After writing our post on Suwendejen, I started having second thoughts about the boat. After being aboard her, I had crossed her off our list. However, while writing the post, I started to think a little more about the possibility of making an offer. In discussing the boat with Margaret while writing the post, I had come to realize just how much she liked the layout of the Valiant 40, and I was reminded of its strong reputation. I also started to reassess the condition of the boat, realizing that most of what we focused on in the review was relatively superficial.
It turned out that independently Margaret was having similar thoughts. So, we started considering what further information we would like to know in order to put an informed offer in on the boat (not that we were necessarily convinced we were actually going to put an offer on Suwendejen at this point). Our biggest concern about the boat was something that Margaret only briefly touched on in our post, that she had suffered some structural damage to her cabintop and/or deck, most likely during the hurricane that resulted in the replacement of her mast. We suspected the structural damage because – as Margaret wrote – the salon table would not fully fold into place. In addition, it was difficult to close the doors to the head and forward cabin, which can be another sign that there was flexing of the decks.
To try to get a better understanding of what was going on with the table and doors without hiring a surveyor ourselves, we decided to email the broker with a few questions. In particular, we wanted to learn more about the hurricane damage to the boat, when exactly the current owner had purchased her, and what work he had completed. We also asked the broker whether there was a relatively recent survey – dating at least from the hurricane damage in 2005 – that the owner would be willing to share with us.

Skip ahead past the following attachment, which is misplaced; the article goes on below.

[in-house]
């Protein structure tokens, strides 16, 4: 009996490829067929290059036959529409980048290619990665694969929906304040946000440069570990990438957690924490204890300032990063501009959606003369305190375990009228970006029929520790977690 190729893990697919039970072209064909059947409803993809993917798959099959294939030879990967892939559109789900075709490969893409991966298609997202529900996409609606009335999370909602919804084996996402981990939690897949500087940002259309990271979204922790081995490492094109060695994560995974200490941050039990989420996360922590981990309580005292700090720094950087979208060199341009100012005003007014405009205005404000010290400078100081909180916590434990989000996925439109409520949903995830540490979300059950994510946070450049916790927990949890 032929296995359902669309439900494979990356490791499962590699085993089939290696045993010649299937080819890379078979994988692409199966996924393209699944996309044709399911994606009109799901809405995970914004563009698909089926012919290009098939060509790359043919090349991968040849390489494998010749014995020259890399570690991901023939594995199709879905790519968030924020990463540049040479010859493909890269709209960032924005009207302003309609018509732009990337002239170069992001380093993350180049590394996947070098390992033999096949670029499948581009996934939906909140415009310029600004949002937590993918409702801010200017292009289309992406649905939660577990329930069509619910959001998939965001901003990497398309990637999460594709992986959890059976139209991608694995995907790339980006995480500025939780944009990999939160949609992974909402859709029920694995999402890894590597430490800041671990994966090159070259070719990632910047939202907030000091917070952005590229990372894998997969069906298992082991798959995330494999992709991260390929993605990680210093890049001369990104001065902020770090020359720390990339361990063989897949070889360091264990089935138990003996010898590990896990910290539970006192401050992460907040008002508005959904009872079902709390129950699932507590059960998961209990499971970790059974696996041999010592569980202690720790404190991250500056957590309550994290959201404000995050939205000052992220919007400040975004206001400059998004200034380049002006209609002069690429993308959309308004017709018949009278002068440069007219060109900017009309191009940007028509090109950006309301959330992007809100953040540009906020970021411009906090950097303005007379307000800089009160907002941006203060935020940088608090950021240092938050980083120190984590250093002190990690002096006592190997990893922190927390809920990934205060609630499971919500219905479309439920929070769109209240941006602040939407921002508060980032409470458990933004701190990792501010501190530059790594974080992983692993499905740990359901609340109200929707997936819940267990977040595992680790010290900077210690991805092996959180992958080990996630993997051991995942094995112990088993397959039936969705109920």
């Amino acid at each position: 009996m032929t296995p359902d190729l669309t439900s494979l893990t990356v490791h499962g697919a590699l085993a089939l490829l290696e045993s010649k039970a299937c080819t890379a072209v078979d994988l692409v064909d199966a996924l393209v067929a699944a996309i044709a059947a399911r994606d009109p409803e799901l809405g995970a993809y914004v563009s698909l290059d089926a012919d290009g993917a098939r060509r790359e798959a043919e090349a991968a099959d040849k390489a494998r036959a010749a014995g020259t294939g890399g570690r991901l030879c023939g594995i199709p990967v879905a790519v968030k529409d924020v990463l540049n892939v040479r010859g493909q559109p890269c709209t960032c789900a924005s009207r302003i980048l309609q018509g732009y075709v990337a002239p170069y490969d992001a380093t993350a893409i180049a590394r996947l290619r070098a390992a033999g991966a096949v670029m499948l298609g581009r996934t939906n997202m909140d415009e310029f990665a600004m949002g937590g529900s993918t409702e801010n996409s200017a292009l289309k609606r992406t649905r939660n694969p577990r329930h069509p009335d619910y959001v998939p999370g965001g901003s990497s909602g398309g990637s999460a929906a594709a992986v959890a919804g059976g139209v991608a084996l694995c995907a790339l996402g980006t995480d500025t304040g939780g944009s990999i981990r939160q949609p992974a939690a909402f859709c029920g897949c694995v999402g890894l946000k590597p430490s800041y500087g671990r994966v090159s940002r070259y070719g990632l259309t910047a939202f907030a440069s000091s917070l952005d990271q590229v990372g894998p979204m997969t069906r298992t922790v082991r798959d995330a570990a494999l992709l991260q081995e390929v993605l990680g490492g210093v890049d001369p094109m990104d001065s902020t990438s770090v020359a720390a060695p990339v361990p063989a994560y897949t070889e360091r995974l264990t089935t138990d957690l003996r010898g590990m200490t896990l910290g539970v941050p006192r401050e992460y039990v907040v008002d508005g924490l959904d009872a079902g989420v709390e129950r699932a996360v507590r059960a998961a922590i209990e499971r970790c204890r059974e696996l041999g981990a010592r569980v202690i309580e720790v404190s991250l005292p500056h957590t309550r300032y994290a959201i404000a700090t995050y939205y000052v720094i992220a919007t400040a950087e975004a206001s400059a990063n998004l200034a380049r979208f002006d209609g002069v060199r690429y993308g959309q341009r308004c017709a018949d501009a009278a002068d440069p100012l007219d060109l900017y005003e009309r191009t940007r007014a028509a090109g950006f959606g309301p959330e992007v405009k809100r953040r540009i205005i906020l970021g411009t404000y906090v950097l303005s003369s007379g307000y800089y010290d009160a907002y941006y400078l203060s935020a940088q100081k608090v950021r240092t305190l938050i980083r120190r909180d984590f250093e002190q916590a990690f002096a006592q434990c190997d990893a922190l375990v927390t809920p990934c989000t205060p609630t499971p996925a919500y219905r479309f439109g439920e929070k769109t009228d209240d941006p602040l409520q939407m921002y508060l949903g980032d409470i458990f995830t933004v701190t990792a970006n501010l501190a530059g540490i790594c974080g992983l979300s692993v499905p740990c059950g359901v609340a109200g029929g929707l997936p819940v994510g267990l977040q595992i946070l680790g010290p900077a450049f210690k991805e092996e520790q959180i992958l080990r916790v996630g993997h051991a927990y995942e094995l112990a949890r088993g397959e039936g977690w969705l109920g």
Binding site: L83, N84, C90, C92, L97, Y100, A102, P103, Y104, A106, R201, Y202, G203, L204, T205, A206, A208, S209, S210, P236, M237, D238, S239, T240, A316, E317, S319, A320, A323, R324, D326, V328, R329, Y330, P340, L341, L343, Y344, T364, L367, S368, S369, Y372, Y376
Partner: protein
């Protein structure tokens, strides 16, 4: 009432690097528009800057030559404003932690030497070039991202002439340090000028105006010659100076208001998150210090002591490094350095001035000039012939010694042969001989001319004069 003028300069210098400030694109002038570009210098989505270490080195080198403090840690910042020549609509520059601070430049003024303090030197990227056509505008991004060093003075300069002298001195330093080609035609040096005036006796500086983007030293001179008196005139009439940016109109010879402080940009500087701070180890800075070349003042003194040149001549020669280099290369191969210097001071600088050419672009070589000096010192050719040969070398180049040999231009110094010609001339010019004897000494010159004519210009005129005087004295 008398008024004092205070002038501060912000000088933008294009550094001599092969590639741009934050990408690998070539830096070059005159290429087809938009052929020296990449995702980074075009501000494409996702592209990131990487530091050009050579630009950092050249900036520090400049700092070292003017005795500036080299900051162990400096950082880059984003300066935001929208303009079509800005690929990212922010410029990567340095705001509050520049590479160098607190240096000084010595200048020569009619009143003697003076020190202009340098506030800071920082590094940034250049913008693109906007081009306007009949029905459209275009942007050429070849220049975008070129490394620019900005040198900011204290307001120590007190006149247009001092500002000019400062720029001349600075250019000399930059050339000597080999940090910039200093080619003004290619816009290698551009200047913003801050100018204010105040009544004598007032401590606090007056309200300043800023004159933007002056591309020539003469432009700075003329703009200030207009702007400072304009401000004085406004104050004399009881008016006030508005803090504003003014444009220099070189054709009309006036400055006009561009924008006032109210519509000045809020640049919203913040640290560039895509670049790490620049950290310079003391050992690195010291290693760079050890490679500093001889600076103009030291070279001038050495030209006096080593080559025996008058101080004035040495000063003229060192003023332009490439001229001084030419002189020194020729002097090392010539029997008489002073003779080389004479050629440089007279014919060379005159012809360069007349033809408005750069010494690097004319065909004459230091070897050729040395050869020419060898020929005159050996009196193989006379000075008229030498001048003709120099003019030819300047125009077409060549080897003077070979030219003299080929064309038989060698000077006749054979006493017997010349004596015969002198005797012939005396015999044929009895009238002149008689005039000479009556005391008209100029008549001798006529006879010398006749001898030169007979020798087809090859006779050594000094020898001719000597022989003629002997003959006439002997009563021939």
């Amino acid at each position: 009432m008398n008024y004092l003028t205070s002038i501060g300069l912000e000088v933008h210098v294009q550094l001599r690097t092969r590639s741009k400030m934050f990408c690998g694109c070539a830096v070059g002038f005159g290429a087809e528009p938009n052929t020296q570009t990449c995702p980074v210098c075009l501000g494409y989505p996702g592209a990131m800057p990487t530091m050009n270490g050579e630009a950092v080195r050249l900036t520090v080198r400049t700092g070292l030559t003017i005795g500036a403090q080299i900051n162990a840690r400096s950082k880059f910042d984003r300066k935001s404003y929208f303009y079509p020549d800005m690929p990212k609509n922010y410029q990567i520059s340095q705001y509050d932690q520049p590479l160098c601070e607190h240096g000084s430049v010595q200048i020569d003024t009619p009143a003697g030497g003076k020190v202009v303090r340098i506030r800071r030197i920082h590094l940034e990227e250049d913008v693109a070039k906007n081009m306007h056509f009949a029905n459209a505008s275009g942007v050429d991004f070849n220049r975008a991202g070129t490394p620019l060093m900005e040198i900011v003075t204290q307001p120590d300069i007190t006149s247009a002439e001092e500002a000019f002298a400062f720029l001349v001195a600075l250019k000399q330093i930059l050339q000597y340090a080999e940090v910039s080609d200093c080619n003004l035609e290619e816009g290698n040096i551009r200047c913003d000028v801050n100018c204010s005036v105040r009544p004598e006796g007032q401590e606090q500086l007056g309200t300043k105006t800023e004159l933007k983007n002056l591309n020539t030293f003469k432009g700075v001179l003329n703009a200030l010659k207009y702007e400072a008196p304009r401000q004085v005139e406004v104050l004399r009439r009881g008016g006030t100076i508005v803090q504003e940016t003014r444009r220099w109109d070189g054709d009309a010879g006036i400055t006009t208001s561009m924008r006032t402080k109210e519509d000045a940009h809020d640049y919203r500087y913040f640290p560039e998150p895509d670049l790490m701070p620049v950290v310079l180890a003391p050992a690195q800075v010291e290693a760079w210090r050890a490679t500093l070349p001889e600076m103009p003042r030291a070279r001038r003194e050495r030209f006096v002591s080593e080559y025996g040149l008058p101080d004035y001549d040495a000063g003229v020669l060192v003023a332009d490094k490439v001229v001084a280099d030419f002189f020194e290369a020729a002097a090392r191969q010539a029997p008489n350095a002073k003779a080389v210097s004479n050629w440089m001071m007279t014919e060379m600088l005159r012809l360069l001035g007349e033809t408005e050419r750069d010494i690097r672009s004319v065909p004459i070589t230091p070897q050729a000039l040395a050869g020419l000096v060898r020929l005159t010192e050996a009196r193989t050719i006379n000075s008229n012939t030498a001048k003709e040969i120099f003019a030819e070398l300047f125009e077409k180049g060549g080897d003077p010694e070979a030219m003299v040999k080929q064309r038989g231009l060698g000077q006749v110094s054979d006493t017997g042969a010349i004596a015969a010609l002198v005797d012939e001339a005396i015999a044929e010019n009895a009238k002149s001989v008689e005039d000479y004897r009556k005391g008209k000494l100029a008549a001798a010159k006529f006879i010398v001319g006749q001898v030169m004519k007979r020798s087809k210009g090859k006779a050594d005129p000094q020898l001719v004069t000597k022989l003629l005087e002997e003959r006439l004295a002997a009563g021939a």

Somewhat surprisingly, the broker responded to our email rather quickly. She said she would contact the owner about our questions, but thought our concerns about structural damage were unfounded. She explained that she had been able to put the table down without a problem in the past and guessed that our difficulties arose from swelling of the wood in the humidity. Incidentally, she had given a similar explanation of why the doors were not properly closing when we were aboard. Her unsubstantiated and fairly ridiculous explanation made us more skeptical, rather than allaying our concerns.
A couple days later the broker emailed us with some information from the current owner. Apparently another boat had fallen over on Suwendejen in the yard during the hurricane in 2005, resulting in the damage to the mast and boom, but little else. I guess it is possible, but it seems extremely unlikely that another boat fell over on her with enough force to break the spars without doing any substantial damage to the rest of the boat. The broker’s email also included the information – previously unknown to us – that the previous owner had also ran aground, damaging the rudder, which was not fixed until after the current owner purchased the vessel. In addition to some other minor information, she also said that there was, unfortunately, no survey to share with us but that the current owner would be happy to talk about her if we would like to contact him.
Instead of putting our concerns to rest, the exchange raised more questions for us. Unsurprisingly, the broker’s email ended – once again – any thoughts we had about making an offer on this Valiant 40.